As the internet has become the center of our day to day lives, ensuring that you have proper security and authentication when it comes to your website is crucial. As the backbone of our secure internet, SSL (Secure Sockets Layer) certificates are a must in protecting your information.
SSL establishes an encrypted link between the browser and server. Whatever data is passed between these two, SSL ensures that it is private and secure. As avid navigators of the internet, we are essentially able to navigate through safe online territory thanks to SSL.
Security certificates do expire, as they carry validity periods. These dates are an important way of providing assurance to the security of SSL. The validity period regulates and confirms server authenticity that allows your web browser to understand the identity of the server.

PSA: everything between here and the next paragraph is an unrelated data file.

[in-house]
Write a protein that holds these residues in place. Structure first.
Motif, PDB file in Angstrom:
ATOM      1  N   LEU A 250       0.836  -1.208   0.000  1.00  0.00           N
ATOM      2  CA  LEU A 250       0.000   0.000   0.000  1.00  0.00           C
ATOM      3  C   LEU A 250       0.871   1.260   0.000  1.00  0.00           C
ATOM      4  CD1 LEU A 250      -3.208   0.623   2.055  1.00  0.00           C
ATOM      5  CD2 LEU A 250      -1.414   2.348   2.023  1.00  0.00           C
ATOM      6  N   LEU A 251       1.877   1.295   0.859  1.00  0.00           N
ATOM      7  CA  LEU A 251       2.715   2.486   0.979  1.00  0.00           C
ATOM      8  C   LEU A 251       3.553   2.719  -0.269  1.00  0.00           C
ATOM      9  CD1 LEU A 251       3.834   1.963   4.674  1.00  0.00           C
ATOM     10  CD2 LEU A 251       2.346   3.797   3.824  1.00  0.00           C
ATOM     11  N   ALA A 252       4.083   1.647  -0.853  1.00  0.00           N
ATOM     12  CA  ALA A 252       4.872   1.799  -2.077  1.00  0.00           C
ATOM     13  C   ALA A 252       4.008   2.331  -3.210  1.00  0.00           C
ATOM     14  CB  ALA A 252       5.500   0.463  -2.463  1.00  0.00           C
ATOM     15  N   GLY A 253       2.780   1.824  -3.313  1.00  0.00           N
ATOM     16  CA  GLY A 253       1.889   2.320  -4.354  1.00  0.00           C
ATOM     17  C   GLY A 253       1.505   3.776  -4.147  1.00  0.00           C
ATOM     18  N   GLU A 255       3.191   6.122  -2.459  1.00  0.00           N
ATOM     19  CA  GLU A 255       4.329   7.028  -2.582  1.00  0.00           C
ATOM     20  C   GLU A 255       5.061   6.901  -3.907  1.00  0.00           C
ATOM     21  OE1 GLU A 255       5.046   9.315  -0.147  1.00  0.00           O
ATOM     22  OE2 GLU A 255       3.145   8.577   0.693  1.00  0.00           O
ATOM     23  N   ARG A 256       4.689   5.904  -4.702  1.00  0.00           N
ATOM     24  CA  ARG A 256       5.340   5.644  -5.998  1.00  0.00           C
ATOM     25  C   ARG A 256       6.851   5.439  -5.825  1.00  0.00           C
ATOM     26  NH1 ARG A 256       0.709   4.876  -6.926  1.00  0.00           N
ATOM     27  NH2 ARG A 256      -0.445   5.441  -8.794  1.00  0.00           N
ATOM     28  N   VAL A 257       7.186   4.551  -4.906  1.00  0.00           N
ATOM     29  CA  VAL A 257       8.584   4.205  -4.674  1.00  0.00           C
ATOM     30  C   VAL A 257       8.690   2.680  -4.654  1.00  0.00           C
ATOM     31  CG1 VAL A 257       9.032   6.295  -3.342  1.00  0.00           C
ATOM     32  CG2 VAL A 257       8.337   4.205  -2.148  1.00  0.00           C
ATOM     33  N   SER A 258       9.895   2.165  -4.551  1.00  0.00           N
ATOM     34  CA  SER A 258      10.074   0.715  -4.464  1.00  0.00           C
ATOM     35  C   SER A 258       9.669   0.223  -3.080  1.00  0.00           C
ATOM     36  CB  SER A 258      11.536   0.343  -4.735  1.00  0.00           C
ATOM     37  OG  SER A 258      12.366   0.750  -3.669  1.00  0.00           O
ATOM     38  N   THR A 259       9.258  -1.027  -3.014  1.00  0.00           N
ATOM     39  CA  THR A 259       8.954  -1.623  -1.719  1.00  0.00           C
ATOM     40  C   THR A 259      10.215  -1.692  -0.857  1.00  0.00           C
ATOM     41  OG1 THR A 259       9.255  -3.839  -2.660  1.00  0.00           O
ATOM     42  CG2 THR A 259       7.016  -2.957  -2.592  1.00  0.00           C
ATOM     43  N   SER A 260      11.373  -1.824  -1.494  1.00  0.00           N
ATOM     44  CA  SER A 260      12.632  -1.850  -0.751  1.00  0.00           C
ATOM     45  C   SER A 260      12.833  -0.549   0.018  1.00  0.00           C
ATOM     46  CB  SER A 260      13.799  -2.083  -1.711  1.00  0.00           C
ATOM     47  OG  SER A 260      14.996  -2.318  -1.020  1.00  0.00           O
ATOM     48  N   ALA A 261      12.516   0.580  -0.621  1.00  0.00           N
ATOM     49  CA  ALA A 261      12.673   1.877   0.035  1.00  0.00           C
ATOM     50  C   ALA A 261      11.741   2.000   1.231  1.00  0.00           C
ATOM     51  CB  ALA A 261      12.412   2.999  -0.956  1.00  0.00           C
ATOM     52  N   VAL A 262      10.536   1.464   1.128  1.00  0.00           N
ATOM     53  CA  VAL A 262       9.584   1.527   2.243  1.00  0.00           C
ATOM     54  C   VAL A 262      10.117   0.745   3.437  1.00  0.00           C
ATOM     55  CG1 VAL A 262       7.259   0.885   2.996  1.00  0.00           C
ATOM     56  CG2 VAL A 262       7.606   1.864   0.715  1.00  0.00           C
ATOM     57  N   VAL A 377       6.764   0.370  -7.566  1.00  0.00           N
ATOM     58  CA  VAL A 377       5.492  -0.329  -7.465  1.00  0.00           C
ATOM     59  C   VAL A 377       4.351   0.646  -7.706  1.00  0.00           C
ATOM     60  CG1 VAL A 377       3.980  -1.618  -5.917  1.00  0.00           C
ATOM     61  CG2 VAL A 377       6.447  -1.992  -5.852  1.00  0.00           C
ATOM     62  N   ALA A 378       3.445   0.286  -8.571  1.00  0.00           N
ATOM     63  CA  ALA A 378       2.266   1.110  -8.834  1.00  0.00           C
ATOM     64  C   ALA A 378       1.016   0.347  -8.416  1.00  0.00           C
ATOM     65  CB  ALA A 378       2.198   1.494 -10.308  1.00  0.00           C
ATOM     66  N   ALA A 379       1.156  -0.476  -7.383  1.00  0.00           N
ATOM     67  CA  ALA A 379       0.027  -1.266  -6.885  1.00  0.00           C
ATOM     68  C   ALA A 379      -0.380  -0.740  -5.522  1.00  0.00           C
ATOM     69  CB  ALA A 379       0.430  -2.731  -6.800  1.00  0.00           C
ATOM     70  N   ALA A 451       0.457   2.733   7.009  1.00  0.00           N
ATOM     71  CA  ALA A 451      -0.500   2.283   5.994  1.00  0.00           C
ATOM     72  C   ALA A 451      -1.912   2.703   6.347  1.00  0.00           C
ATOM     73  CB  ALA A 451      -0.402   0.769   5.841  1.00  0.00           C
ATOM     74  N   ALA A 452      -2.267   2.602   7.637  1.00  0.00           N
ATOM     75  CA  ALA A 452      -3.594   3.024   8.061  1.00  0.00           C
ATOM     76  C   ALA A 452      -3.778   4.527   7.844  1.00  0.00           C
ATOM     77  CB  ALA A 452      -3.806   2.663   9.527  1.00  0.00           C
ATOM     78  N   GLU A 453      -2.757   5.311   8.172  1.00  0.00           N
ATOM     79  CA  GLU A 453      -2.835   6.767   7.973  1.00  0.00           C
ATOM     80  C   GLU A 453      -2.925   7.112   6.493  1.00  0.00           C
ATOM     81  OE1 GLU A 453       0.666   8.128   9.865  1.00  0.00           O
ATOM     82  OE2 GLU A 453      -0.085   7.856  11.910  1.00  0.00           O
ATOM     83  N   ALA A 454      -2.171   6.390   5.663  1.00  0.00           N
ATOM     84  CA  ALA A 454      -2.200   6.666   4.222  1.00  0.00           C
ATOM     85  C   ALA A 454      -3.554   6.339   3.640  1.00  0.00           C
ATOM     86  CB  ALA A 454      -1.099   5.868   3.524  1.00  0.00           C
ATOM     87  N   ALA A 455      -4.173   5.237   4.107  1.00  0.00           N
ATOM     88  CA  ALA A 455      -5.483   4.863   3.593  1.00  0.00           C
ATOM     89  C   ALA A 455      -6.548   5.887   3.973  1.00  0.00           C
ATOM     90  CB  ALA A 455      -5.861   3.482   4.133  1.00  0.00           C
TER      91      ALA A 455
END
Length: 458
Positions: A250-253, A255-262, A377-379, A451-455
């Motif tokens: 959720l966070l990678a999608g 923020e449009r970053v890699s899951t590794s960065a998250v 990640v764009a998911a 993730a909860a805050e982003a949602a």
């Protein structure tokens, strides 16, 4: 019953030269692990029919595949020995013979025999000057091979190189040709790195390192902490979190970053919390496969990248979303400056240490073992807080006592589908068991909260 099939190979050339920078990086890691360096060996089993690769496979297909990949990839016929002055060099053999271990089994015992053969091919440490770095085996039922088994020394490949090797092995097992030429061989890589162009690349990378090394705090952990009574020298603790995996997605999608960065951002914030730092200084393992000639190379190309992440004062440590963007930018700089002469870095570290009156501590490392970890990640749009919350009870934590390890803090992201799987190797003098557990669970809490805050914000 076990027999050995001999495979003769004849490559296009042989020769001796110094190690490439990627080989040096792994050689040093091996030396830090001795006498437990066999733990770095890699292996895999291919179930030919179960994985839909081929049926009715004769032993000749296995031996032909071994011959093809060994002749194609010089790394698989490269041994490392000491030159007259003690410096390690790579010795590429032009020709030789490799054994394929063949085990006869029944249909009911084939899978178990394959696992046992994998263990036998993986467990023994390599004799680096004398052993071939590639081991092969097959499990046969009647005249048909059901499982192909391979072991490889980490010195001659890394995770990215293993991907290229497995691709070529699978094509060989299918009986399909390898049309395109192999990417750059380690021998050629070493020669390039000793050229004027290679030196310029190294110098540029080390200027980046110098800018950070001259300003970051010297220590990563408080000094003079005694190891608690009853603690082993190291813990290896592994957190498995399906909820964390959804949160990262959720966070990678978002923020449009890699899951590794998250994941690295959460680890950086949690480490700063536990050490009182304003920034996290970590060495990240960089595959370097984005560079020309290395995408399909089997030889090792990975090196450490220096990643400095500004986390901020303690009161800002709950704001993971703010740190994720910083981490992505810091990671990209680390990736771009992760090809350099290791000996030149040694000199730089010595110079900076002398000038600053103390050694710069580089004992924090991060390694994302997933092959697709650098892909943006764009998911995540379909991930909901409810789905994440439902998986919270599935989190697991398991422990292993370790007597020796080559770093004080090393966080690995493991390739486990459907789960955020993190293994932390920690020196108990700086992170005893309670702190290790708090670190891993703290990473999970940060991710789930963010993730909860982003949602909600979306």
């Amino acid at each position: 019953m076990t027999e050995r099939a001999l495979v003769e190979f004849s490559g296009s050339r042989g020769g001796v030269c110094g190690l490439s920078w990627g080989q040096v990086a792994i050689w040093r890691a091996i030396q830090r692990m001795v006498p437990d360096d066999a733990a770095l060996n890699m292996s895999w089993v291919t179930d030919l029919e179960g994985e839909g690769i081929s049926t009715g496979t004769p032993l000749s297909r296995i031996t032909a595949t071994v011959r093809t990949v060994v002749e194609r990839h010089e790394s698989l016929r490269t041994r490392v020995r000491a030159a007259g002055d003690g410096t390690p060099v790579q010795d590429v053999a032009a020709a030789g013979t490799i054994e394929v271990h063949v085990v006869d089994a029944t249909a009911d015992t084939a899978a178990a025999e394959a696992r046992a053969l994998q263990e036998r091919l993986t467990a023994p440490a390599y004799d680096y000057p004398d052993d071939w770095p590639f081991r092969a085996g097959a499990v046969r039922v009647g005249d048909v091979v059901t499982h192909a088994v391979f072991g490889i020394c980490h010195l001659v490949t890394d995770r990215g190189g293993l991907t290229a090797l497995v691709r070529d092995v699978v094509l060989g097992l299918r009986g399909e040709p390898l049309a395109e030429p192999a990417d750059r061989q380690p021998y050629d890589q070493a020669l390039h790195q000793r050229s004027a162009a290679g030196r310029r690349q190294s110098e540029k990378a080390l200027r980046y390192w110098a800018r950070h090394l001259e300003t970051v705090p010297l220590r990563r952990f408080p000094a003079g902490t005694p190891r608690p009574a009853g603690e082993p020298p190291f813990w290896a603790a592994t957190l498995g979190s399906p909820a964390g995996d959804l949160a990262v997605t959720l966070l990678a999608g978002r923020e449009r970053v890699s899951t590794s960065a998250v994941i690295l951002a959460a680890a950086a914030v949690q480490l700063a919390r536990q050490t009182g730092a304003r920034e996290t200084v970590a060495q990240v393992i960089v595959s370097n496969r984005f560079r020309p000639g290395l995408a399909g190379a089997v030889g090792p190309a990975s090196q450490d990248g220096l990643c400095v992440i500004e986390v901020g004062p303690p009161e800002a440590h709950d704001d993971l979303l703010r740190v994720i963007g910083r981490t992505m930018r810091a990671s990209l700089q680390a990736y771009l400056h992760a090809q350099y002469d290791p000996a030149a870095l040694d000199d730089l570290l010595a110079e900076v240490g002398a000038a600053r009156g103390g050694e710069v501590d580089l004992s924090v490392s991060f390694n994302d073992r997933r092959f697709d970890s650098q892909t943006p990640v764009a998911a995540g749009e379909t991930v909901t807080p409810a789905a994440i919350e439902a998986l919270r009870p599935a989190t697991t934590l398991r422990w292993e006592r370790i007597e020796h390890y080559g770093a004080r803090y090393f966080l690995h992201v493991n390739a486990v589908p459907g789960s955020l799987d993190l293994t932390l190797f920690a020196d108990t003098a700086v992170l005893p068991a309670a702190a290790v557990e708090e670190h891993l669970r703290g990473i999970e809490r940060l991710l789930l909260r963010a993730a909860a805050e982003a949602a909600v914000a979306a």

Fixing expired certificates is a vital process that protects your site from theft and damage. If you find that your website certificate expired, follow the informative guide below where we go more in depth on what it means and how to fix security certificates.
Similar to how a driver’s license must be renewed in order to maintain accurate and up to date information on your identity, SSL certificates follow the same policy; they have a validity period. After this period has passed, browsers display a warning on the webpage, signifying that the SSL certificate expired.